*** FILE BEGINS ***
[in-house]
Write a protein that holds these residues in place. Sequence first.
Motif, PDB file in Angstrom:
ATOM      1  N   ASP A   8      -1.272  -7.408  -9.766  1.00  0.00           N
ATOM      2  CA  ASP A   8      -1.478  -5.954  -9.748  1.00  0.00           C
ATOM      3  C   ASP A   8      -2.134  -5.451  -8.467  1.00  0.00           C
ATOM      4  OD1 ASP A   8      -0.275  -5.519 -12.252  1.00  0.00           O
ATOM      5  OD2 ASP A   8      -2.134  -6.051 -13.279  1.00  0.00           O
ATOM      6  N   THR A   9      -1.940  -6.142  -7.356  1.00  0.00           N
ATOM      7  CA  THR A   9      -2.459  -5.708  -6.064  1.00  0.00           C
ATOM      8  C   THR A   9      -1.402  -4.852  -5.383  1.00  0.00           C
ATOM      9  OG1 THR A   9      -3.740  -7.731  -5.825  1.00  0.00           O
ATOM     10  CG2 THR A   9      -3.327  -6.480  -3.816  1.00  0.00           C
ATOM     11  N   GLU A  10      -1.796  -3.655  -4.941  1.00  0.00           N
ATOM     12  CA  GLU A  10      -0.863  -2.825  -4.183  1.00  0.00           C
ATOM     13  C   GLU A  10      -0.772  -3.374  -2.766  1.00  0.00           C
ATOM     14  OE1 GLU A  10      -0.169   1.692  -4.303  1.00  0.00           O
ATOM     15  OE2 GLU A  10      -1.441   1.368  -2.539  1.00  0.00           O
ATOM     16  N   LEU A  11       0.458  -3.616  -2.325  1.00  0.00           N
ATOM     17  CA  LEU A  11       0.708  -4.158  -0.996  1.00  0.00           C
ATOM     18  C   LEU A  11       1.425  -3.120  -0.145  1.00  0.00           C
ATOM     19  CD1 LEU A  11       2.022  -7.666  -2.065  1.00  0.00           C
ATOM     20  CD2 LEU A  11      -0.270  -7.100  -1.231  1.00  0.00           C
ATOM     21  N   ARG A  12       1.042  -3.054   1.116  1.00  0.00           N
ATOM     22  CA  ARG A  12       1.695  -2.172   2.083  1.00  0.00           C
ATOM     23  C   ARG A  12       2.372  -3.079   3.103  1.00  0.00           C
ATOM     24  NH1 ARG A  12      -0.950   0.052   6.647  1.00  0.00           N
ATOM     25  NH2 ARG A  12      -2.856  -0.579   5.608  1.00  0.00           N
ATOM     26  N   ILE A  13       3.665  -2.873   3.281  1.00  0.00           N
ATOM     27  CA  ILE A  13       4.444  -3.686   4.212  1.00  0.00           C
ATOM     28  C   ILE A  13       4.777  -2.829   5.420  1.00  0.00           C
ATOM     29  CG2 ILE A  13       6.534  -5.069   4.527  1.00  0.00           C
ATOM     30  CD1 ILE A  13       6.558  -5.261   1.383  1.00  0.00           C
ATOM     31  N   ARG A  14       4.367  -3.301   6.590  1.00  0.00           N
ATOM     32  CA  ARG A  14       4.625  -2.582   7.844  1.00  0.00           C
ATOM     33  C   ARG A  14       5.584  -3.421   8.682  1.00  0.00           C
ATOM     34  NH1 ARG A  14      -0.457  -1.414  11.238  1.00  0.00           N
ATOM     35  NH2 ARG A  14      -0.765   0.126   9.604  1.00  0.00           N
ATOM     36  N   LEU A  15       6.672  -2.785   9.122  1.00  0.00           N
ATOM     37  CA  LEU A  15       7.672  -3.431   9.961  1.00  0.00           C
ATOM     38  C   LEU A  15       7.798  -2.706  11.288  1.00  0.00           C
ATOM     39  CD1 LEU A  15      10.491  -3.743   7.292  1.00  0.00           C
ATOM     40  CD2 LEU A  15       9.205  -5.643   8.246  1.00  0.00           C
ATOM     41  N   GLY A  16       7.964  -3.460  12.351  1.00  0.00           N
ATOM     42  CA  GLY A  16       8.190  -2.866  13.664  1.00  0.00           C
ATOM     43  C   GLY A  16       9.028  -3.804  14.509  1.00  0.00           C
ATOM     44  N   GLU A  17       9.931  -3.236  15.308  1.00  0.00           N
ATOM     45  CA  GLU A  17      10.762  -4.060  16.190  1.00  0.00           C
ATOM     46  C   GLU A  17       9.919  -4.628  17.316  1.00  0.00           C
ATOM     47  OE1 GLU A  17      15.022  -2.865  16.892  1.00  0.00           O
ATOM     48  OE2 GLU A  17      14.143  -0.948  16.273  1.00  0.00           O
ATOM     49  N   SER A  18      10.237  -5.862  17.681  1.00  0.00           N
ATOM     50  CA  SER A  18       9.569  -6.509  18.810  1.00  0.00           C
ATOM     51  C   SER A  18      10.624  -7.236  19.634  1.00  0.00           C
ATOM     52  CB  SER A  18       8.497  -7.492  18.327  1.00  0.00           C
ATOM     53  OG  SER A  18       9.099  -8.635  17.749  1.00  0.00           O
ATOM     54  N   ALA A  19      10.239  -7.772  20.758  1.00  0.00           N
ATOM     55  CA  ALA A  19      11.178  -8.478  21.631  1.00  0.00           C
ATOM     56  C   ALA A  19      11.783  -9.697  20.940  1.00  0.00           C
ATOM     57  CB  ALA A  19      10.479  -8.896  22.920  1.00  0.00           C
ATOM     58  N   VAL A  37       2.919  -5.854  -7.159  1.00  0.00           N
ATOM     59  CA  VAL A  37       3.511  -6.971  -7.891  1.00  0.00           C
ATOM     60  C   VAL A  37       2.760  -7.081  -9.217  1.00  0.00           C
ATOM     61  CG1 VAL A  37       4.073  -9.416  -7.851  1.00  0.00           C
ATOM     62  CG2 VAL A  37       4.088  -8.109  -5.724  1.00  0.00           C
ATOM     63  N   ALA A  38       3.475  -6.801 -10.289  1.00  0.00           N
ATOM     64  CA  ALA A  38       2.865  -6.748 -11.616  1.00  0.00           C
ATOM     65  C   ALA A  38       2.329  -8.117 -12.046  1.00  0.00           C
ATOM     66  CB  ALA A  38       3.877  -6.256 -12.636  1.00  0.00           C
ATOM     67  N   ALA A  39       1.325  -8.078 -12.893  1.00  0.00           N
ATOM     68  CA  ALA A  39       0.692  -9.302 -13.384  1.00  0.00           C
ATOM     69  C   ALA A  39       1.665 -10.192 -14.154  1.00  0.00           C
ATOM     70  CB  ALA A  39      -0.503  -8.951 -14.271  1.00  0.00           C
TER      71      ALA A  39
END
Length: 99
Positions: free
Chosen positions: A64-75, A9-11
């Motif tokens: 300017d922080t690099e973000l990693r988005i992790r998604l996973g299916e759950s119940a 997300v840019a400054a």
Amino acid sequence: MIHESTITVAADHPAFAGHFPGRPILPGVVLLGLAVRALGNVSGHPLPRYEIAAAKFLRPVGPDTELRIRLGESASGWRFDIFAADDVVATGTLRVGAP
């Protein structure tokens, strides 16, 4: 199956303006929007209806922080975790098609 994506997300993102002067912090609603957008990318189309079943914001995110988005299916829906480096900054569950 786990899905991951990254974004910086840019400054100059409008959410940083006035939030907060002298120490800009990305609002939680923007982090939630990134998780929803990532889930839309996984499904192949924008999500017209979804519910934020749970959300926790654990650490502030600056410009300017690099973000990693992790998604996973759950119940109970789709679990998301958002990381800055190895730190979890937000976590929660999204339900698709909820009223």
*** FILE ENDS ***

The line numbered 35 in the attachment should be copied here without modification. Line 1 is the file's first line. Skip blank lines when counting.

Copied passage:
ATOM     32  CA  ARG A  14       4.625  -2.582   7.844  1.00  0.00           C